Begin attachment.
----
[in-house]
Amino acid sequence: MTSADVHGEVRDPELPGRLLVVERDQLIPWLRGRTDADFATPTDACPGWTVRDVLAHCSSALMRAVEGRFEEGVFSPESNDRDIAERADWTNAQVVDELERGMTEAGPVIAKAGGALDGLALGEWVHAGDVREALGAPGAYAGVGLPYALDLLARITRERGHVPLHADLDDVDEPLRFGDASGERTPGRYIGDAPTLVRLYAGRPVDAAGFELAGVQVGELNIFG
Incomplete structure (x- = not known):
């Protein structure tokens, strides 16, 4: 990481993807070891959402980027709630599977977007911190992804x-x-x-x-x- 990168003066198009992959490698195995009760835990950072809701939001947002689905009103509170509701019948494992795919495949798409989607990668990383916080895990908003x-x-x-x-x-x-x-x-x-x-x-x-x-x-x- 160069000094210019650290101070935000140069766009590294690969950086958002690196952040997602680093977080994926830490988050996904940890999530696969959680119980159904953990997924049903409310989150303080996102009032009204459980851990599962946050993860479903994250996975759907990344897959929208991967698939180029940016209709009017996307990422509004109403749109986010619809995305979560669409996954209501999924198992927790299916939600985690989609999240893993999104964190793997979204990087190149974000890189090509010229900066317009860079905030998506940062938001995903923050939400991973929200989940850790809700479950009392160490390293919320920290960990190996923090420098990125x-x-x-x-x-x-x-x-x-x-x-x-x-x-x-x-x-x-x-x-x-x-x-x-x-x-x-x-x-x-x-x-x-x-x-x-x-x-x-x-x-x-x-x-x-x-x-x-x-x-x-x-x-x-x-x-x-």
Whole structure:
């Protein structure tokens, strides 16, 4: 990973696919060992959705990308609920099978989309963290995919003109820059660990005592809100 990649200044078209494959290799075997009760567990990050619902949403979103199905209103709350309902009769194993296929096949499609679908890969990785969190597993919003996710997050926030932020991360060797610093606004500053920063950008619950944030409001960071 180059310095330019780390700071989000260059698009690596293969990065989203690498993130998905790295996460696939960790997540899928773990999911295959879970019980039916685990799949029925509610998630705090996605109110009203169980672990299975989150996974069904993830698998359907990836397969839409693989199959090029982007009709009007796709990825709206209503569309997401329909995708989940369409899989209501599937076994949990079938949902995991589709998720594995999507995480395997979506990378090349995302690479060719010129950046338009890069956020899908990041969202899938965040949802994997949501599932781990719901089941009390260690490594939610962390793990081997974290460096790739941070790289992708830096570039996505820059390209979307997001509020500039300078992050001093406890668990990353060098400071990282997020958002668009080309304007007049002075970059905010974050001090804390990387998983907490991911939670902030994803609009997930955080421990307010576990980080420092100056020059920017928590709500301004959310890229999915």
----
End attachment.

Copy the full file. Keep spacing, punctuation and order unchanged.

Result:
[in-house]
Amino acid sequence: MTSADVHGEVRDPELPGRLLVVERDQLIPWLRGRTDADFATPTDACPGWTVRDVLAHCSSALMRAVEGRFEEGVFSPESNDRDIAERADWTNAQVVDELERGMTEAGPVIAKAGGALDGLALGEWVHAGDVREALGAPGAYAGVGLPYALDLLARITRERGHVPLHADLDDVDEPLRFGDASGERTPGRYIGDAPTLVRLYAGRPVDAAGFELAGVQVGELNIFG
Incomplete structure (x- = not known):
């Protein structure tokens, strides 16, 4: 990481993807070891959402980027709630599977977007911190992804x-x-x-x-x- 990168003066198009992959490698195995009760835990950072809701939001947002689905009103509170509701019948494992795919495949798409989607990668990383916080895990908003x-x-x-x-x-x-x-x-x-x-x-x-x-x-x- 160069000094210019650290101070935000140069766009590294690969950086958002690196952040997602680093977080994926830490988050996904940890999530696969959680119980159904953990997924049903409310989150303080996102009032009204459980851990599962946050993860479903994250996975759907990344897959929208991967698939180029940016209709009017996307990422509004109403749109986010619809995305979560669409996954209501999924198992927790299916939600985690989609999240893993999104964190793997979204990087190149974000890189090509010229900066317009860079905030998506940062938001995903923050939400991973929200989940850790809700479950009392160490390293919320920290960990190996923090420098990125x-x-x-x-x-x-x-x-x-x-x-x-x-x-x-x-x-x-x-x-x-x-x-x-x-x-x-x-x-x-x-x-x-x-x-x-x-x-x-x-x-x-x-x-x-x-x-x-x-x-x-x-x-x-x-x-x-």
Whole structure:
């Protein structure tokens, strides 16, 4: 990973696919060992959705990308609920099978989309963290995919003109820059660990005592809100 990649200044078209494959290799075997009760567990990050619902949403979103199905209103709350309902009769194993296929096949499609679908890969990785969190597993919003996710997050926030932020991360060797610093606004500053920063950008619950944030409001960071 180059310095330019780390700071989000260059698009690596293969990065989203690498993130998905790295996460696939960790997540899928773990999911295959879970019980039916685990799949029925509610998630705090996605109110009203169980672990299975989150996974069904993830698998359907990836397969839409693989199959090029982007009709009007796709990825709206209503569309997401329909995708989940369409899989209501599937076994949990079938949902995991589709998720594995999507995480395997979506990378090349995302690479060719010129950046338009890069956020899908990041969202899938965040949802994997949501599932781990719901089941009390260690490594939610962390793990081997974290460096790739941070790289992708830096570039996505820059390209979307997001509020500039300078992050001093406890668990990353060098400071990282997020958002668009080309304007007049002075970059905010974050001090804390990387998983907490991911939670902030994803609009997930955080421990307010576990980080420092100056020059920017928590709500301004959310890229999915």